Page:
Bruxism is the act of gnashing and grinding the teeth. Bruxism is common in children and adults of both sexes, affecting about 25-30% of children and roughly one in twenty adults. There is no significant difference between males and females .
Bruxism is divided into two main types- Nighttime grinding and daytime grinding. Nighttime grinding (nocturnal bruxism) is a back and forth, side-to-side motion where the lower teeth rub against the upper teeth, creating a characteristic grinding sound. Daytime grinding (clenching) is a rocking motion of the lower teeth against the upper teeth without the teeth actually making the side-to-side motion. While bruxing only happens during sleep, clenching can occur both during the day and at night . Both nocturnal bruxism and clenching are “parafunctional activities,” as they are not part of normal chewing and swallowing.
Continue Reading » Bruxism: Symptoms, Causes, and Treatment
The masseter is a jaw muscle that gets its name from the Greek work "to chew". It is the major muscle of mastication (chewing) of the human jaw and serves primarily to elevate the mandible (lower jaw) while the deep tissues help to protrude (protract) it forward. Although we rarely think of it, the mandible is the only bone of the skull that is actually moveable. The upper jaw is fixed. There is a lot of moving for the mandible to do, therefore, and the masseter is the primary worker. Located on each side of the face in the parotid1 region at the back of the jaw, these muscles are easily visible or palpable when you clench your jaw, as they contract strongly just in front of the lower ears.2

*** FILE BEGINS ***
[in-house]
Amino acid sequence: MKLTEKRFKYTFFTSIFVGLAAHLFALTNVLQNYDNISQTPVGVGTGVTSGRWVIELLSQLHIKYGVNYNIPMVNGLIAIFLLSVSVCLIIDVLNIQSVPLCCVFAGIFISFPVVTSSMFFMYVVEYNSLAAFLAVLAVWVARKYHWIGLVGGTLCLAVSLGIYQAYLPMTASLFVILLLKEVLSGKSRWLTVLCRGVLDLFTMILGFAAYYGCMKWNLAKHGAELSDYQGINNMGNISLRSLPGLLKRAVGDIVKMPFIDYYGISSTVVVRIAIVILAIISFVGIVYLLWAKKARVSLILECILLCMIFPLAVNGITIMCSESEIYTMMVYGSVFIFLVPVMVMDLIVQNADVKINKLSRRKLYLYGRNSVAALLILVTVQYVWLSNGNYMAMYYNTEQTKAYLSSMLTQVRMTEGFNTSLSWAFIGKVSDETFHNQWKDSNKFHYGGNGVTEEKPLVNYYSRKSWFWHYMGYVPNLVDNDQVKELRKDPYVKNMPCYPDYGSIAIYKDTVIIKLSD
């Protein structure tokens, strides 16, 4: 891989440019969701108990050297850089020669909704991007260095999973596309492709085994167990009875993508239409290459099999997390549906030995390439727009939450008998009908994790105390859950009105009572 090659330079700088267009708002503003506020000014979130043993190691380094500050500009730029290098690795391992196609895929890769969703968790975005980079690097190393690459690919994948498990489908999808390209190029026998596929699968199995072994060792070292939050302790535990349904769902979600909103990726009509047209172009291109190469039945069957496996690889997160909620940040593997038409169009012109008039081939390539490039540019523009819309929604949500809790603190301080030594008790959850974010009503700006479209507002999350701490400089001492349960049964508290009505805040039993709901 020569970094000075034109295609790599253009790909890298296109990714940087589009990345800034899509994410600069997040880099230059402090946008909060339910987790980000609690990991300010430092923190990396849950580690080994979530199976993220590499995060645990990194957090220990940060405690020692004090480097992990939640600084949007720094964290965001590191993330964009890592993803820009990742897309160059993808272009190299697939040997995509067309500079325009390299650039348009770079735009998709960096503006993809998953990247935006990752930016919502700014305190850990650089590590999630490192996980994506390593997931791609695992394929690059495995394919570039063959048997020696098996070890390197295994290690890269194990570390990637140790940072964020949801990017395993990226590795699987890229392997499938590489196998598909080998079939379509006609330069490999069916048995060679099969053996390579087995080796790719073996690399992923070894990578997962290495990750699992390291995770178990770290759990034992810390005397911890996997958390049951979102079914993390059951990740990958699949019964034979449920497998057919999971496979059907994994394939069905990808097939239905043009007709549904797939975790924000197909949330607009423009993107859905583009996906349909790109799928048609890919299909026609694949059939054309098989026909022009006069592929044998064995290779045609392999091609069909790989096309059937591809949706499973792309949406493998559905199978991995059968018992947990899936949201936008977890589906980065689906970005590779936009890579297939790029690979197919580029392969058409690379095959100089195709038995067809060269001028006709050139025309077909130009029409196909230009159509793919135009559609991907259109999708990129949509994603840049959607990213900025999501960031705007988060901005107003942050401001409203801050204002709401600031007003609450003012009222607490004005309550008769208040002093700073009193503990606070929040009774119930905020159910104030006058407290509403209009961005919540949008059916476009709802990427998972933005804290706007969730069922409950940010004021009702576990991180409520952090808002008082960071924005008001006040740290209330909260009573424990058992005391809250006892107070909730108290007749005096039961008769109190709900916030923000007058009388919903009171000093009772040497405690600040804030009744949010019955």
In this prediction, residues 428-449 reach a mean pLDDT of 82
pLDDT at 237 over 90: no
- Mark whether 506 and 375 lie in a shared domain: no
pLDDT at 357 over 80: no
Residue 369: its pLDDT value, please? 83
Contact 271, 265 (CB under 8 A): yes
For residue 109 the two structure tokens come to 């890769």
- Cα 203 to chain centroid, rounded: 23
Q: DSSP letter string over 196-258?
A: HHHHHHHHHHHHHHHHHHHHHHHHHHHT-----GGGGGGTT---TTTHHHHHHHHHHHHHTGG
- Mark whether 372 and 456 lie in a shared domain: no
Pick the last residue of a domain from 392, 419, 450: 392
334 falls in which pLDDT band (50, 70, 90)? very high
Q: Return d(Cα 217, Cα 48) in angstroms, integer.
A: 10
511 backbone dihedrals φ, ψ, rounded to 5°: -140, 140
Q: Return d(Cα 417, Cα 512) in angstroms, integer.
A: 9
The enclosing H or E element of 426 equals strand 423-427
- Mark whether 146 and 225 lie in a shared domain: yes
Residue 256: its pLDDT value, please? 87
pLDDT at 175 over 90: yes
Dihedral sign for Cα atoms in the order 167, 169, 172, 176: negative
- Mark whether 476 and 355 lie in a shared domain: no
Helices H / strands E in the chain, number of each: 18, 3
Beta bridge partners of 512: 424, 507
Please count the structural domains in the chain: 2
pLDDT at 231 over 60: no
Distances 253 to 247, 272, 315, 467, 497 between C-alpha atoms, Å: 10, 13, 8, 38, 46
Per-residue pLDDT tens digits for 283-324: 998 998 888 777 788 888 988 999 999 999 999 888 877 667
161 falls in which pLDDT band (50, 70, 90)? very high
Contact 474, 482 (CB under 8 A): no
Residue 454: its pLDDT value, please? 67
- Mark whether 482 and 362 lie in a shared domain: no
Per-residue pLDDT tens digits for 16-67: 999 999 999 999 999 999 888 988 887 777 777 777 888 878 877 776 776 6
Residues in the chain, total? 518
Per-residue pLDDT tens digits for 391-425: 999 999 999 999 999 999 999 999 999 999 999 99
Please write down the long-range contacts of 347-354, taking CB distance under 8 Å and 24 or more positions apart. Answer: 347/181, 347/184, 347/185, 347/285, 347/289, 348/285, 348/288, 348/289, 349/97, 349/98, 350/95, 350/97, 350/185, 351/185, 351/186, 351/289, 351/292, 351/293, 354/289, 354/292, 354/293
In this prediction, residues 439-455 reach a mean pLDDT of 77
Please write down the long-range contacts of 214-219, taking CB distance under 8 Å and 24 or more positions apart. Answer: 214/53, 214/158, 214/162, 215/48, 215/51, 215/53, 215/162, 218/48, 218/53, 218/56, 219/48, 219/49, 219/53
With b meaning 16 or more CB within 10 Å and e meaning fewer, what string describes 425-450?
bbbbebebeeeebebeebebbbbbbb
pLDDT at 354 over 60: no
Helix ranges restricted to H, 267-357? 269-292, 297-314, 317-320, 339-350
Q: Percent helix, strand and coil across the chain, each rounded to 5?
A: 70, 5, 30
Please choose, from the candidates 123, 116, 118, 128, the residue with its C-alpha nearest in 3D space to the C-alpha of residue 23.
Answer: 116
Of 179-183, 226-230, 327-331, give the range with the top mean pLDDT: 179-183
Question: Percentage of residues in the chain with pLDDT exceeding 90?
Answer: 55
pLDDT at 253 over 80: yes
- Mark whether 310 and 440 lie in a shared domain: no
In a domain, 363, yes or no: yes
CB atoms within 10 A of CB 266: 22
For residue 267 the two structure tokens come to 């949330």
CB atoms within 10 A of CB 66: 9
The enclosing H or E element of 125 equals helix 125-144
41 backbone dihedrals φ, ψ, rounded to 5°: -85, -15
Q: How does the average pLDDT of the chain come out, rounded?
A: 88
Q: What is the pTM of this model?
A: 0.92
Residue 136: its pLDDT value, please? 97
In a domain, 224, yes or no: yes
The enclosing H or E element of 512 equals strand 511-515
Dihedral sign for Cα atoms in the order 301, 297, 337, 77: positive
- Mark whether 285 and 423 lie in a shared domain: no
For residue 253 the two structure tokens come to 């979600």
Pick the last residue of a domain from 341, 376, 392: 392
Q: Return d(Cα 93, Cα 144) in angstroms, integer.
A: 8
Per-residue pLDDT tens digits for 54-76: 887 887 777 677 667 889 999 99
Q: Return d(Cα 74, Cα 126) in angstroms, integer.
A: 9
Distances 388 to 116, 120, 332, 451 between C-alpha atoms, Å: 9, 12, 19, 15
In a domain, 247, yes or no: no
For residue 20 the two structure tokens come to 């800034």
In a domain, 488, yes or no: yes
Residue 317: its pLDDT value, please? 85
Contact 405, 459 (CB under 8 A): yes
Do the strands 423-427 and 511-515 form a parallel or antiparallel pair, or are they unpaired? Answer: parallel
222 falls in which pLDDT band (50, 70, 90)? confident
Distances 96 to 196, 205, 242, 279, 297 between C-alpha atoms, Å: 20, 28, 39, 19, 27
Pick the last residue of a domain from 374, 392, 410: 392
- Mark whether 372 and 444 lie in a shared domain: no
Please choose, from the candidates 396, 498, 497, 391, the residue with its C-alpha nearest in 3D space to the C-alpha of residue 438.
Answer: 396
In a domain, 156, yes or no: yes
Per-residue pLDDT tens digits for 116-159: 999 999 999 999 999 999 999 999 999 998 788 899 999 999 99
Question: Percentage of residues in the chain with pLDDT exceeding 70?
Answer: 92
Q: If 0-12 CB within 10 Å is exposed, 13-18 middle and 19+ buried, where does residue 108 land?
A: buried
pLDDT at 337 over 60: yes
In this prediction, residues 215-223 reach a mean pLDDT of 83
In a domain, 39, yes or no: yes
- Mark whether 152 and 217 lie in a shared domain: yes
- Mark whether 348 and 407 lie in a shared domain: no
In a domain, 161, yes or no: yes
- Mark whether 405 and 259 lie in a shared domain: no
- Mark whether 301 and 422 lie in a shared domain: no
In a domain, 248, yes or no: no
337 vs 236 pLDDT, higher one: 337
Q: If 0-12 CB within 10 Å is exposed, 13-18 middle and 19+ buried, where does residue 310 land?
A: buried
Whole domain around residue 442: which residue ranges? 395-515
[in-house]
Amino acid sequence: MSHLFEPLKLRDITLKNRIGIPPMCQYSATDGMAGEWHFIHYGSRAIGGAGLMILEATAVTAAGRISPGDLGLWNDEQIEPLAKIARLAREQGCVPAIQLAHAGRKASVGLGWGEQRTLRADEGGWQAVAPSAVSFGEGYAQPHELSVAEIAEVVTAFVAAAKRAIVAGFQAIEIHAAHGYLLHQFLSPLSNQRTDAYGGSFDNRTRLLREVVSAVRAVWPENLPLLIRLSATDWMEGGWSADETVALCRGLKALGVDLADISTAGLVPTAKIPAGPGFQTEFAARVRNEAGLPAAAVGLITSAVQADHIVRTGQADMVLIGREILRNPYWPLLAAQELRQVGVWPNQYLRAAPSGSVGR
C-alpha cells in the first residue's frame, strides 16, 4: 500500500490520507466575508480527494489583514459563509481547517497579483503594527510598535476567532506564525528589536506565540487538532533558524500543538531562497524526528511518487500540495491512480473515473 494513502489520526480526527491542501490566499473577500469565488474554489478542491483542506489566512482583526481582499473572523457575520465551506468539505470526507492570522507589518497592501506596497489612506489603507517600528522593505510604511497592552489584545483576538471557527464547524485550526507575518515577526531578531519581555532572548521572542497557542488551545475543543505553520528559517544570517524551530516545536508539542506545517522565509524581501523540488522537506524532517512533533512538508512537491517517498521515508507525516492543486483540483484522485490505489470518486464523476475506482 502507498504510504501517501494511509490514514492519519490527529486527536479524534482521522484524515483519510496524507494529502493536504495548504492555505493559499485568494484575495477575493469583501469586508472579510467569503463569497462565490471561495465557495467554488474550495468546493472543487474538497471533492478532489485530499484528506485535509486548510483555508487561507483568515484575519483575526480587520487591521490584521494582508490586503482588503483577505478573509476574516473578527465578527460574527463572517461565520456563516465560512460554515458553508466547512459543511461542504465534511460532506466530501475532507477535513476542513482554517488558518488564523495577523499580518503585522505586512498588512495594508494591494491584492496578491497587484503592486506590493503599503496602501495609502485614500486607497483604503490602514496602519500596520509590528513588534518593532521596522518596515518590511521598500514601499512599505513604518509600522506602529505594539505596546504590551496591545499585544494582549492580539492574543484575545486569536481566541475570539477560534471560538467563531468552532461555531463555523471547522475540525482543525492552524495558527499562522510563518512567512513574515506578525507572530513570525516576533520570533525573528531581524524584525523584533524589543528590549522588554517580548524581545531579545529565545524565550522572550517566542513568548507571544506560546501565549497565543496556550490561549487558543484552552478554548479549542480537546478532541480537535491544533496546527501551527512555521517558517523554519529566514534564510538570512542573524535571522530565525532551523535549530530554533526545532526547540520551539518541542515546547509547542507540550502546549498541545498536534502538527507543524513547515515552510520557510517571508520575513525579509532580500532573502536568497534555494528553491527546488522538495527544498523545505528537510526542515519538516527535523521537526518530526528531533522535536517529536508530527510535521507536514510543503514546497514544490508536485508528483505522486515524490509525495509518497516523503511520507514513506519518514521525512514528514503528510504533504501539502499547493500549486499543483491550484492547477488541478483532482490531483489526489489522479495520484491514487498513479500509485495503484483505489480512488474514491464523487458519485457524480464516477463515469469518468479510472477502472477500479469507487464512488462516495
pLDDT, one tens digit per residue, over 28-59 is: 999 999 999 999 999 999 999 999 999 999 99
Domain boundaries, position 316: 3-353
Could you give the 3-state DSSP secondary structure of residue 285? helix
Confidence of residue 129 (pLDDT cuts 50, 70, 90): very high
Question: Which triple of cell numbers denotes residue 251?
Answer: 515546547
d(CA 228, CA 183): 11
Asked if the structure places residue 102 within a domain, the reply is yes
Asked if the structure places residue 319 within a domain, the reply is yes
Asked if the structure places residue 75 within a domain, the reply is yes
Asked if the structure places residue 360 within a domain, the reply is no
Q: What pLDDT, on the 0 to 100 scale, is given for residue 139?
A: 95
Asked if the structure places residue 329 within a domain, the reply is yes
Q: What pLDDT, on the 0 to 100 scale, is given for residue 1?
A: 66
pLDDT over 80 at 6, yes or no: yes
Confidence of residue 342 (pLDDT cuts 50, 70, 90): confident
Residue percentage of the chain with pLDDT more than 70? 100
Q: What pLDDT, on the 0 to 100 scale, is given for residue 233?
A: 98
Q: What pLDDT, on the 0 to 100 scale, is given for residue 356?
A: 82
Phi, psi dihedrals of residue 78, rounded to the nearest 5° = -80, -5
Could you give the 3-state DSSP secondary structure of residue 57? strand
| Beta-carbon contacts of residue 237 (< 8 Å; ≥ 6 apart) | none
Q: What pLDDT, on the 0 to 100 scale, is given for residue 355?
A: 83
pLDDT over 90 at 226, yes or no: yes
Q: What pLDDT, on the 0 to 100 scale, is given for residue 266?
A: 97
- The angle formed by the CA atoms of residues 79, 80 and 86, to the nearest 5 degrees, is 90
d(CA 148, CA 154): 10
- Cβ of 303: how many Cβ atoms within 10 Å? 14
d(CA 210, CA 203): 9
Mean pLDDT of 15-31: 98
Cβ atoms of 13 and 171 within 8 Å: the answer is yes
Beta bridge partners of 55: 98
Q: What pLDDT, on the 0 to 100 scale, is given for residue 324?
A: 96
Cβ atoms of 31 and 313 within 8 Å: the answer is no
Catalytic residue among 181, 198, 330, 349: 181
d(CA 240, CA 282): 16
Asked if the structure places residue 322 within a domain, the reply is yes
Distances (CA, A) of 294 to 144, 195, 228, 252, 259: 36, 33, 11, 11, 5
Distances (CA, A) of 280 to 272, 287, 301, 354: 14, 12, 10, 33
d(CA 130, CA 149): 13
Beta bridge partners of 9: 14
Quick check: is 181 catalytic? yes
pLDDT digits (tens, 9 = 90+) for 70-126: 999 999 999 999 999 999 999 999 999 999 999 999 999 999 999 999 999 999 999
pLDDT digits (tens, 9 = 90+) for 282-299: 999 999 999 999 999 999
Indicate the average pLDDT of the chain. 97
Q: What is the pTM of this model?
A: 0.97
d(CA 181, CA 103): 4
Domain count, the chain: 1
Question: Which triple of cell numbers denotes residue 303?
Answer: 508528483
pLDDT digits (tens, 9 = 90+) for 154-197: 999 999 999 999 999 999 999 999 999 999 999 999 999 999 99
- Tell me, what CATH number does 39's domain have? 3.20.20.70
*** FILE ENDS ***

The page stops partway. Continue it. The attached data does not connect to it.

Continue Reading » Masseter Muscle: Location, Actions, and Trigger Points
By Eric Troy, Ground Up Strength
The sternocleidomastoid (SCM) is a muscle of the neck so-named because it originates on the sternum (sterno) and the clavicle (cleido) and inserts on the mastoid process1 (mastoid) which is an easily located bony prominence behind the ear. The muscles pass diagonally across the front and side of the neck beginning at the top of the sternum and ending behind the ear. This two-sided muscle is large and ropy, making it the most prominent muscle visible at the front of the neck.
Continue Reading » Sternocleidomastoid Muscle: Location, Action and Trigger Points